Relationship quality and family formation in Europe

The increase in cohabitation and nonmarital childbearing across Europe has raised questions about who still marries either before or after having a child. Although prior studies have addressed the sequence of marriage and childbearing, few have examined the role of relationship quality in these transitions. Here we employ a cross-national perspective to study the association between relationship quality and marriage and/or first birth within cohabitation. Using the Generations and Gender Survey and UK Household Longitudinal Study, we study seven European countries (Austria, France, Hungary, Netherlands, Norway, Sweden, and UK).

We employ competing risk hazard models to follow respondents as they 1) transition from cohabitation into marriage or conception (or separation); 2) transition to marriage (or separation) after having a birth within cohabitation.

Results show that cohabitors with higher relationship quality are more marriage prone than those in lower quality relationships in Austria, France, Hungary, and the UK, but not in the Netherlands, Norway and Sweden. Instead, higher relationship quality is associated with higher conception risks in cohabitation in Sweden. After childbearing, we find a positive association between relationship quality and marriage among cohabiting parents in the Netherlands, Norway, Sweden, and the United Kingdom. These results suggest that marriage is still important for couples with higher quality relationships; however, in countries where cohabitation is widespread, the timing of marriage may have shifted to after childbearing.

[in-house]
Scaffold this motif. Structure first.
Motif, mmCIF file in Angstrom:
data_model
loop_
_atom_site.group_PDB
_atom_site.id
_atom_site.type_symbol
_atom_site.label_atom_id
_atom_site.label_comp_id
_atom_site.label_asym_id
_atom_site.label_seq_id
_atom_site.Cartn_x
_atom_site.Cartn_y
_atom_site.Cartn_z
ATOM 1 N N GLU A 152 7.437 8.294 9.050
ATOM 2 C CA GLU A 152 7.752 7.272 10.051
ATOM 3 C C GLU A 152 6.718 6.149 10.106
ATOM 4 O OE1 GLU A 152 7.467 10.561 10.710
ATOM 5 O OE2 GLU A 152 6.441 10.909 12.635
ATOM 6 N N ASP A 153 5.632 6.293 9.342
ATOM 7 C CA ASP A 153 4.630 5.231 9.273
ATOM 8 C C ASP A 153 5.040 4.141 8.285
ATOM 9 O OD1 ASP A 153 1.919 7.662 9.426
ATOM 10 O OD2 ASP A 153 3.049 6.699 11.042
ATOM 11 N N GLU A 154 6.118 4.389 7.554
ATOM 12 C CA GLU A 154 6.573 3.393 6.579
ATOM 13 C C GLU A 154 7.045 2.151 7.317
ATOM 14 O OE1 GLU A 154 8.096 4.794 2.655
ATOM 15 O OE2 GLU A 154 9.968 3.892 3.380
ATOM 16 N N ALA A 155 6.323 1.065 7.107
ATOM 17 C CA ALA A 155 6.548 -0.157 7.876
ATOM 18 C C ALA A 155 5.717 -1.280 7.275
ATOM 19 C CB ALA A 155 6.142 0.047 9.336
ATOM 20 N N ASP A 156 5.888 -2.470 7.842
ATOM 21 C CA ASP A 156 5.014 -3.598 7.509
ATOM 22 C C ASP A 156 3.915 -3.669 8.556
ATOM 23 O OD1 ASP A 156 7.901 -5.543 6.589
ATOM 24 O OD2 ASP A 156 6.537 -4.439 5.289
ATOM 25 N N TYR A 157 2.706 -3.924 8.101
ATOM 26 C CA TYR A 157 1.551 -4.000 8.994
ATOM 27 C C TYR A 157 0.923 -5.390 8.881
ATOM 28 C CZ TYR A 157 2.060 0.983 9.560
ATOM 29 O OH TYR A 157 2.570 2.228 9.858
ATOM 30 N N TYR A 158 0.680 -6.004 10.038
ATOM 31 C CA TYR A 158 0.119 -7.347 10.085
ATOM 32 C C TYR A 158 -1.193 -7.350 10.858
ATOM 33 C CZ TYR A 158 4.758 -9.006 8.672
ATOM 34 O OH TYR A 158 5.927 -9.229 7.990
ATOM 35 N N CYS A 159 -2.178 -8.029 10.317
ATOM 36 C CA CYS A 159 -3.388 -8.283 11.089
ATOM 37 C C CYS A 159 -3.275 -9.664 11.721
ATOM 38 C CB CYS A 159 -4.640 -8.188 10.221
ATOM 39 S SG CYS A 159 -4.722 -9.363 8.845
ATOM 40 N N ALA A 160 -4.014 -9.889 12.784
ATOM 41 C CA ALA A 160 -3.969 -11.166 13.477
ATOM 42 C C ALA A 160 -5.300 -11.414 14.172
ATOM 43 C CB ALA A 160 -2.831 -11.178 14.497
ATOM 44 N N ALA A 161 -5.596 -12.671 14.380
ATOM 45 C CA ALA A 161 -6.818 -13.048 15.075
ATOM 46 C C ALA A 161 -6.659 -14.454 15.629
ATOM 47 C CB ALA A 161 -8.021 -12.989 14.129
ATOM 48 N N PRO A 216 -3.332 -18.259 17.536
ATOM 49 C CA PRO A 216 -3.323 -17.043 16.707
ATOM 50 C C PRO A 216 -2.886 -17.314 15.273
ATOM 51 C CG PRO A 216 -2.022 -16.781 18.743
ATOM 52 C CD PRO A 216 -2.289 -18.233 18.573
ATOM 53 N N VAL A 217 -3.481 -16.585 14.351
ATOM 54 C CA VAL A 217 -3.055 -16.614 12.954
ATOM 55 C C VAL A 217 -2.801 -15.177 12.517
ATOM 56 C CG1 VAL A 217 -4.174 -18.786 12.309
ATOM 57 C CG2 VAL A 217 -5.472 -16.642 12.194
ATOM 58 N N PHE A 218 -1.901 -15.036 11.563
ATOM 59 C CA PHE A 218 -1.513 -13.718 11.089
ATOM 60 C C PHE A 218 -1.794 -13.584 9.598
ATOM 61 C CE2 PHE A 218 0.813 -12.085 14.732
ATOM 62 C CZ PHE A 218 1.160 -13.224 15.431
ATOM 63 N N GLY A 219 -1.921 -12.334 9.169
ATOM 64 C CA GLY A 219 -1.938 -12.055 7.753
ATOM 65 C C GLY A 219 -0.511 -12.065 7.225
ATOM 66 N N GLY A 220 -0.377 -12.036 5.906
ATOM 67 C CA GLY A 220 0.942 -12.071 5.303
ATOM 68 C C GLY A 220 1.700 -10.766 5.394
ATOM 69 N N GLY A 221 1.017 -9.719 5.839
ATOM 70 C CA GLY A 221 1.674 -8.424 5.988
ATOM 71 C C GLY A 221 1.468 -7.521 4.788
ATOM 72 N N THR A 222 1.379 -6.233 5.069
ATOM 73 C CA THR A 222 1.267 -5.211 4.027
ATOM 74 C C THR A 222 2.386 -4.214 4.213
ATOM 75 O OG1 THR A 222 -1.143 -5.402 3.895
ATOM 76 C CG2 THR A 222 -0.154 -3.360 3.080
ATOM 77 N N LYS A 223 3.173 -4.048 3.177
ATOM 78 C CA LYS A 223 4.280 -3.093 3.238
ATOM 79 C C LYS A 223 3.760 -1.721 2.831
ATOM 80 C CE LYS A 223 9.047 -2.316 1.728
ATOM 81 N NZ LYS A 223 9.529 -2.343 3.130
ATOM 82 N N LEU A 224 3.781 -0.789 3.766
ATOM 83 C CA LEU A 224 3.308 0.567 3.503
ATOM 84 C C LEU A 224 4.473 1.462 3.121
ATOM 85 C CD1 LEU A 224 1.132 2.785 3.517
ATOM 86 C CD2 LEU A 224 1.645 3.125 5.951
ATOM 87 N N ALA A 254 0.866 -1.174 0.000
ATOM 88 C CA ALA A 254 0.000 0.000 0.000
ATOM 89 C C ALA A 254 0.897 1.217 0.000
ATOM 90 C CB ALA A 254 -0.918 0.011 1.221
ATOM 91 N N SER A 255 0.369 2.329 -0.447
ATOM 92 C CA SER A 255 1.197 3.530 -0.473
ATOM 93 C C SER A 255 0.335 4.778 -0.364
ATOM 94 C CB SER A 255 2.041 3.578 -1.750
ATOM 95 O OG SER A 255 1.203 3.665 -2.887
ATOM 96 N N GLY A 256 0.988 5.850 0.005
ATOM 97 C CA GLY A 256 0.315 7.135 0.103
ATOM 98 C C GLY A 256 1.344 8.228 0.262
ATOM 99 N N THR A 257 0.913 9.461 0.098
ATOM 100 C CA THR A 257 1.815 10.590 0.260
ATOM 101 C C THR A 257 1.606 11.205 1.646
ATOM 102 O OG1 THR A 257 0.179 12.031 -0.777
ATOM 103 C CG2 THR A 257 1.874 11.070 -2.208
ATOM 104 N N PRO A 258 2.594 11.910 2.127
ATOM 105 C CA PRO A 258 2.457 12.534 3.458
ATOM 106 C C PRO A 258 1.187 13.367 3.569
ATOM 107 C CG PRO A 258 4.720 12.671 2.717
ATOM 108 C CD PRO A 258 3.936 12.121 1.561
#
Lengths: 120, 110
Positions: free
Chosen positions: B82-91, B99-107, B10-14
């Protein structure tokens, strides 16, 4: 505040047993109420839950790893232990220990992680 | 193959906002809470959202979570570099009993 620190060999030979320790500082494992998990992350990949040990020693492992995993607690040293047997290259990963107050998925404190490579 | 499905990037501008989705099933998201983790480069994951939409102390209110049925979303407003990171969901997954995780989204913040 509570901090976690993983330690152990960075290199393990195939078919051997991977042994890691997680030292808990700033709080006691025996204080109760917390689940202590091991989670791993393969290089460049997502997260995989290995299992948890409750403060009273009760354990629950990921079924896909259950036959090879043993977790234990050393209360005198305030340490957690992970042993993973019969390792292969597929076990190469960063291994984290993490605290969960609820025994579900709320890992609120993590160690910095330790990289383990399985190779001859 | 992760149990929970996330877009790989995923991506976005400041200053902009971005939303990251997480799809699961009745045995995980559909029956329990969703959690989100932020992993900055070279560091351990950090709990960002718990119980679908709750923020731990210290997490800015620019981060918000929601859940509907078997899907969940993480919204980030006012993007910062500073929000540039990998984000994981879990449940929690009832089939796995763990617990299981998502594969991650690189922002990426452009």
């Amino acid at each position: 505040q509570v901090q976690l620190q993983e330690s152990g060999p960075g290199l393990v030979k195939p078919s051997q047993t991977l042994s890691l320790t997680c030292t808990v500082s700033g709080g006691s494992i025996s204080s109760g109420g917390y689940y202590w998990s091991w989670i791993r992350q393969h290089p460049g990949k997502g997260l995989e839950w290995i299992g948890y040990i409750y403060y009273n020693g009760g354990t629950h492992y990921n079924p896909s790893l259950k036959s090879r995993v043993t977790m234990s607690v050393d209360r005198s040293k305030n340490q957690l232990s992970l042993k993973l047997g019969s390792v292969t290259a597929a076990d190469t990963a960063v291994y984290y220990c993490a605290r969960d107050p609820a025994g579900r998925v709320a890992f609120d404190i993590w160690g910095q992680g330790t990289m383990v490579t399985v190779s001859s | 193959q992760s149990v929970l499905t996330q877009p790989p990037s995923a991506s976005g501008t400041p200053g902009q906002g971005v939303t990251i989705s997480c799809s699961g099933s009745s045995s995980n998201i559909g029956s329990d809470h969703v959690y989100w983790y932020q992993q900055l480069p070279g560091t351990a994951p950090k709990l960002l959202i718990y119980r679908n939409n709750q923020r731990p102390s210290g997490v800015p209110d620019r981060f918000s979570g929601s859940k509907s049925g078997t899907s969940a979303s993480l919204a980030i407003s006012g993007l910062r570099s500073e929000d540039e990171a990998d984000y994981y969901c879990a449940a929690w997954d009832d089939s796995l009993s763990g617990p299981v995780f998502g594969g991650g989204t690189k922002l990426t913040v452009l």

For further information please see: Relationship quality and family formation in Europe – ScienceDirect

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